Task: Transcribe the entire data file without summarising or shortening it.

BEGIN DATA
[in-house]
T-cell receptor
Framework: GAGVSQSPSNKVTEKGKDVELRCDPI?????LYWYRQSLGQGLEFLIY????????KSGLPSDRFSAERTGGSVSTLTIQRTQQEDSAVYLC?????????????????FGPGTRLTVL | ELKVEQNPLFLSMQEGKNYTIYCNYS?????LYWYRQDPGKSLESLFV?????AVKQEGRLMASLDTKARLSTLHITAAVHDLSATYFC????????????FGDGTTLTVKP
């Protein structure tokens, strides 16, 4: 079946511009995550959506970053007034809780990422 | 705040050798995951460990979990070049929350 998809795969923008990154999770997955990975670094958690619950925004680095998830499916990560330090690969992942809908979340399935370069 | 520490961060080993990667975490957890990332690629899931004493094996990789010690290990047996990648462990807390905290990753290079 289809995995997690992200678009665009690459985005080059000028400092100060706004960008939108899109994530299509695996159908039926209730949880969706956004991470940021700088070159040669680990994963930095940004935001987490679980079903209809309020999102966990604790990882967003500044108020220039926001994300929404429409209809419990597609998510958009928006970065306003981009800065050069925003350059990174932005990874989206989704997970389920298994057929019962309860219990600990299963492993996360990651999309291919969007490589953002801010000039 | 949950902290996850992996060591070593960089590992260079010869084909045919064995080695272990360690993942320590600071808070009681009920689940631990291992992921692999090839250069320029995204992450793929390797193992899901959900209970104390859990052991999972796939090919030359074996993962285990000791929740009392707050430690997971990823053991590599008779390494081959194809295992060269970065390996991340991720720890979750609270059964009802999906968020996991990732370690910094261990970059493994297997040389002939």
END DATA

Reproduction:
[in-house]
T-cell receptor
Framework: GAGVSQSPSNKVTEKGKDVELRCDPI?????LYWYRQSLGQGLEFLIY????????KSGLPSDRFSAERTGGSVSTLTIQRTQQEDSAVYLC?????????????????FGPGTRLTVL | ELKVEQNPLFLSMQEGKNYTIYCNYS?????LYWYRQDPGKSLESLFV?????AVKQEGRLMASLDTKARLSTLHITAAVHDLSATYFC????????????FGDGTTLTVKP
């Protein structure tokens, strides 16, 4: 079946511009995550959506970053007034809780990422 | 705040050798995951460990979990070049929350 998809795969923008990154999770997955990975670094958690619950925004680095998830499916990560330090690969992942809908979340399935370069 | 520490961060080993990667975490957890990332690629899931004493094996990789010690290990047996990648462990807390905290990753290079 289809995995997690992200678009665009690459985005080059000028400092100060706004960008939108899109994530299509695996159908039926209730949880969706956004991470940021700088070159040669680990994963930095940004935001987490679980079903209809309020999102966990604790990882967003500044108020220039926001994300929404429409209809419990597609998510958009928006970065306003981009800065050069925003350059990174932005990874989206989704997970389920298994057929019962309860219990600990299963492993996360990651999309291919969007490589953002801010000039 | 949950902290996850992996060591070593960089590992260079010869084909045919064995080695272990360690993942320590600071808070009681009920689940631990291992992921692999090839250069320029995204992450793929390797193992899901959900209970104390859990052991999972796939090919030359074996993962285990000791929740009392707050430690997971990823053991590599008779390494081959194809295992060269970065390996991340991720720890979750609270059964009802999906968020996991990732370690910094261990970059493994297997040389002939």